Problems with target arrays of int (int32) types in loss functions

I was trying to run a simple model on a dataset where I loaded my dataset into a np.float32 array and the target labels into a np.int32 array. Now, PyTorch would automatically keep this types when converting them into tensors via from_numpy (e.g., the data would be Float and the labels would be Int). However, the loss function expects Longs instead of Ints. (Or maybe I made a mistake somewhere). I

(On a side note, would you recommend using doubles and longs over floats and ints performance-wise?)

I posted a simplified example below, where I have to cast the target array to long (loss = F.nll_loss(output, target.long())); otherwise, I get a TypeError:

TypeError: FloatClassNLLCriterion_updateOutput 
received an invalid combination of arguments - 
got (int, torch.FloatTensor, torch.IntTensor, torch.FloatTensor, bool, NoneType, torch.FloatTensor), 
but expected (int state, torch.FloatTensor input, torch.LongTensor target, torch.FloatTensor output, bool sizeAverage, [torch.FloatTensor weights or None], torch.FloatTensor total_weight)

I was wondering if this is desired behavior (i.e., that the the loss function expects LongTensors)?

(PS: Is there a tensor attribute to return the type, e.g., sth like NumPys my_array.dtype?)

class Net(nn.Module):
    def __init__(self):
        super(Net, self).__init__()
        self.conv1 = nn.Conv2d(1, 20, kernel_size=5)
        self.conv2 = nn.Conv2d(20, 32, kernel_size=5)
        self.conv2_drop = nn.Dropout2d(p=0.5)
        self.fc1 = nn.Linear(800, 50)
        self.fc2 = nn.Linear(50, 10)

    def forward(self, x):
        x = F.relu(F.max_pool2d(self.conv1(x), kernel_size=2, stride=2))
        x = F.relu(F.max_pool2d(self.conv2_drop(self.conv2(x)), 2))
        x = x.view(-1, 800)
        x = F.relu(self.fc1(x))
        x = F.dropout(x,
        x = F.relu(self.fc2(x))
        return F.log_softmax(x)

model = Net()
if torch.cuda.is_available():

optimizer = optim.SGD(model.parameters(), lr=0.1, momentum=0.9)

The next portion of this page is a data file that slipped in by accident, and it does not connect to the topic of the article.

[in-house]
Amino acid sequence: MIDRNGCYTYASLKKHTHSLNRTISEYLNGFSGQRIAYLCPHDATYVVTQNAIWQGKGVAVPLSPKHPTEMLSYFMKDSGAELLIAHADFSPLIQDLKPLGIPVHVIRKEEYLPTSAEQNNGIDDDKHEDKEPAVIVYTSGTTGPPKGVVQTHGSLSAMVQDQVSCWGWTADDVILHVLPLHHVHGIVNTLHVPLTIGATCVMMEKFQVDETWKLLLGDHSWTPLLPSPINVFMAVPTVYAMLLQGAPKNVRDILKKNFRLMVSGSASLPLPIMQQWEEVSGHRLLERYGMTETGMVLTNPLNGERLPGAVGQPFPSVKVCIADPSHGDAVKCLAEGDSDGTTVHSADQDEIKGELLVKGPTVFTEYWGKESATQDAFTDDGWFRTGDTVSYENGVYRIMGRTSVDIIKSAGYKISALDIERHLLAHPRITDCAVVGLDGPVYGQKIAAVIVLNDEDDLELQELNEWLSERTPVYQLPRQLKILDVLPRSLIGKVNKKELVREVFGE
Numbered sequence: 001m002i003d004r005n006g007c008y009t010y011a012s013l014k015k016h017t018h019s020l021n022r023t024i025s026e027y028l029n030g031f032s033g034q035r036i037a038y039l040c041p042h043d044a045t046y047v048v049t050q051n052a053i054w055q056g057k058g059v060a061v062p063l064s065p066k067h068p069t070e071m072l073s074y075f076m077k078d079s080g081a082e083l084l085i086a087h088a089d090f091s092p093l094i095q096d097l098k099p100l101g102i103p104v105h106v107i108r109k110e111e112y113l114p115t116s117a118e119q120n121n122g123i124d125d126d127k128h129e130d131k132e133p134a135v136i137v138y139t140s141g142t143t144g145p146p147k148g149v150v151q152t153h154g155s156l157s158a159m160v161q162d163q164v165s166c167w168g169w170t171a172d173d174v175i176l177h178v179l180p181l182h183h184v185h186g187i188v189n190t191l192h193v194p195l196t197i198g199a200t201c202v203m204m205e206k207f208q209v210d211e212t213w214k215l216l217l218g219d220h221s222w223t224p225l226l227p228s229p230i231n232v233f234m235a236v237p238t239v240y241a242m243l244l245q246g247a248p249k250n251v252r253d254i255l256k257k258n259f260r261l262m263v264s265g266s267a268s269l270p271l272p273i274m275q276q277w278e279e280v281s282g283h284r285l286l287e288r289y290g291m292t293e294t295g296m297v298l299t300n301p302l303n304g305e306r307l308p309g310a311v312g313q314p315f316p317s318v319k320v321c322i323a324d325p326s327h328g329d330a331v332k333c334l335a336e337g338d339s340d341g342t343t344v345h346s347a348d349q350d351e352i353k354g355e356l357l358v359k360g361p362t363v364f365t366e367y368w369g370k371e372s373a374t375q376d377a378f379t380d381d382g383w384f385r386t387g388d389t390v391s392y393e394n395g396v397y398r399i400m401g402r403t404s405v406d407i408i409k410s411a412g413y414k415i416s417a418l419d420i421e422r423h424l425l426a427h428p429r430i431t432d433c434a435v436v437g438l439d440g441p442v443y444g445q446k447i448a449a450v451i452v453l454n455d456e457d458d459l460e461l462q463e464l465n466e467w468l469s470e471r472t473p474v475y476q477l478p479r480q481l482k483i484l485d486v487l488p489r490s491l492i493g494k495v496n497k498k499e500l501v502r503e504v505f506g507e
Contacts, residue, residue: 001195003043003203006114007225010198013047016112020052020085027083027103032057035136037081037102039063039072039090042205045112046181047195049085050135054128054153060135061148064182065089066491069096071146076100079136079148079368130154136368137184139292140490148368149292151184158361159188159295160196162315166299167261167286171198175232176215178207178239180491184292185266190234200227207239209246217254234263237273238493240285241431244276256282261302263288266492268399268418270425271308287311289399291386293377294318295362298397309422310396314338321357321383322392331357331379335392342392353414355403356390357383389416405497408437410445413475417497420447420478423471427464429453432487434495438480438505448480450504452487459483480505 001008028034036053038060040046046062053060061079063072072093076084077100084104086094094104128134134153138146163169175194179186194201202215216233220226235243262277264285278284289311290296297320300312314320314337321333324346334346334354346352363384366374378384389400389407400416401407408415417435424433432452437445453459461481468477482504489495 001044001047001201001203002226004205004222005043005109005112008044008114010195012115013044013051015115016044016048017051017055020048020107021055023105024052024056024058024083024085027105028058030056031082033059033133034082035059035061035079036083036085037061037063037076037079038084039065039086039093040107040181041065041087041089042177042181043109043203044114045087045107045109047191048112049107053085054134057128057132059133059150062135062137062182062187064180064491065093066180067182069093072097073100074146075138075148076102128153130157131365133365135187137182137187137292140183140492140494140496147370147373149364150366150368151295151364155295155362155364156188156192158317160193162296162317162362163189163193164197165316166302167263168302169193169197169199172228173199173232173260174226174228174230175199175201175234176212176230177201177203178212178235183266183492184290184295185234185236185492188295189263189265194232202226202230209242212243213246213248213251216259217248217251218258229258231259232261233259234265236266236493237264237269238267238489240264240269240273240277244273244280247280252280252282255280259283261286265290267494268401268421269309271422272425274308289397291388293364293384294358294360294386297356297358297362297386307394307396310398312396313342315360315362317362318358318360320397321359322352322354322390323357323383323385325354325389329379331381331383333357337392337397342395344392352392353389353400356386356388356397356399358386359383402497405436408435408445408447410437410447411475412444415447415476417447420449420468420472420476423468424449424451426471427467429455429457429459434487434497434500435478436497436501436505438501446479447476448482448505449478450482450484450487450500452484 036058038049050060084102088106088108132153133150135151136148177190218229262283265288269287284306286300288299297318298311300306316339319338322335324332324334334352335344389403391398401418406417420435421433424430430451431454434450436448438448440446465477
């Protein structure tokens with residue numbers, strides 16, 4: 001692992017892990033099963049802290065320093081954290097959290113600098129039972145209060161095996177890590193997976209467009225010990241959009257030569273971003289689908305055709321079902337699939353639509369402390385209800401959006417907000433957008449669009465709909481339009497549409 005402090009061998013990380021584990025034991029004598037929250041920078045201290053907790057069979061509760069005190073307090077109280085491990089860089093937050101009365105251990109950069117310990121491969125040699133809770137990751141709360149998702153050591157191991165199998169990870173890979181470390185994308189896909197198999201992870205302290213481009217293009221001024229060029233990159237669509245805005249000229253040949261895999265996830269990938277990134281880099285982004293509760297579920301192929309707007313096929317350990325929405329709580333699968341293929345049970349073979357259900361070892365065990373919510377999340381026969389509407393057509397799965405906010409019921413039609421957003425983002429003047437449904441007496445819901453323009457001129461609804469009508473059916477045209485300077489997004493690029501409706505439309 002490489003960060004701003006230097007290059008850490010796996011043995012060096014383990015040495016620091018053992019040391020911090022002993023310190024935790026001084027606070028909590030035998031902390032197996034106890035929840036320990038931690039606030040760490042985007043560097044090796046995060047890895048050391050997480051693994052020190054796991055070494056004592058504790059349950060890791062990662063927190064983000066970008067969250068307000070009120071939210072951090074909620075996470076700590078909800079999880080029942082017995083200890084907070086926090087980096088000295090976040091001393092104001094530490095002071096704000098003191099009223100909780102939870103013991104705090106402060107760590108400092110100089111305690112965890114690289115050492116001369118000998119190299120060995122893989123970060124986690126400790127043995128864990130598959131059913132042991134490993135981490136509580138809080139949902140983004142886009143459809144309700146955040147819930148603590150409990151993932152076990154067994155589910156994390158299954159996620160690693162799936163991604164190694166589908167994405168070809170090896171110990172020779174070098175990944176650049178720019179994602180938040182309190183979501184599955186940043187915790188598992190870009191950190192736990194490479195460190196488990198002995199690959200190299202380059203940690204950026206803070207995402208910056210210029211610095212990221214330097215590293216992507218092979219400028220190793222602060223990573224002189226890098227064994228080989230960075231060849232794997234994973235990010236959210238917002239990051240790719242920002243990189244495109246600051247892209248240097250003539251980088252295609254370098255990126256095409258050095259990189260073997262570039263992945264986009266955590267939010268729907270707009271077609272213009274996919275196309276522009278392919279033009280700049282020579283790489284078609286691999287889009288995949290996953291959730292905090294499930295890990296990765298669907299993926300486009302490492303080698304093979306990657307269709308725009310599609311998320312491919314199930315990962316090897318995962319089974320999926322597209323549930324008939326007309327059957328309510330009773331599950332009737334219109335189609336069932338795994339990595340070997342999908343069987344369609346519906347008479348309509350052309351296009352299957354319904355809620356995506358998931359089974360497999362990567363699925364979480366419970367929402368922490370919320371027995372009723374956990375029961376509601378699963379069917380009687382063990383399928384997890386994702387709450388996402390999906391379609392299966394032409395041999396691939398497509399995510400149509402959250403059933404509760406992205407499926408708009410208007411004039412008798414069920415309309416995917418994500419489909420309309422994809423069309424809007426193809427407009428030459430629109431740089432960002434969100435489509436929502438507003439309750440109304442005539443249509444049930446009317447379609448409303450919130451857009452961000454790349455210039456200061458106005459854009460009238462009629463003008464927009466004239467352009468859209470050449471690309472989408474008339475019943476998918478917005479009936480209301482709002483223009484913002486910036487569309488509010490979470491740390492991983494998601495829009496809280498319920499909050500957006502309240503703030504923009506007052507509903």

for step in range(1000):
    offset = (step * batch_size) % (train_labels.shape[0] - batch_size)
    data = train_data32[offset:(offset + batch_size), :, :, :]
    target = train_labels[offset:(offset + batch_size)]
    print('orig data type', data.dtype)
    print('orig data type', target.dtype)
    if torch.cuda.is_available():
        data, target = data.cuda(), target.cuda()
    data, target = Variable(torch.from_numpy(data)), Variable(torch.from_numpy(target))
    print('input batch dim:', data.size(), 'type', )
    output = model(data)
    print('output batch dim:', output.size())
    print('target batch dim:', target.size())
    loss = F.nll_loss(output, target.long())


I’ll try to address your questions in the following points.

  • For training neural networks, using float is more than enough precision-wise, so no need for double.
  • For keeping track of indices, int32 might not be enough for large models, so int64 (long) is preferred. That’s probably one of the reasons why we use long whenever we pass indices to functions (including NLLLoss)
  • Note that you can also convert a numpy array to a tensor using torch.Tensor(numpy_array), and you can specify the type of the output tensor you want, in your case torch.LongTensor(numpy_array). This constructor does not share memory with the numpy array, so it’s slower and less memory efficient than the from_numpy equivalent.
  • You can get the type of the tensor by passing no arguments to the type function, so tensor.type() returns the type of the tensor, and you can do things like
tensor = torch.rand(3).double()
new_tensor = torch.rand(5).type(tensor.type())

it’s on our list of things to do to allow Int labels as well, but right now it is expected behavior to ask for LongTensors as labels.

We use Long labels because some of the use-cases we had in Torch had nClasses that didn’t fit the Int precision limits.
Since we use the same C backend in PyTorch, we went with long labels.

We DO not recommend double for performance, especially on the GPU. GPUs have bad double precision perf and are optimized for float32 performance.

(PS: Is there a tensor attribute to return the type, e.g., sth like NumPys my_array.dtype?)

You can simply get the class name:

x = torch.randn(10)
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Thanks for the responses, again, that’s very helpful and useful to know.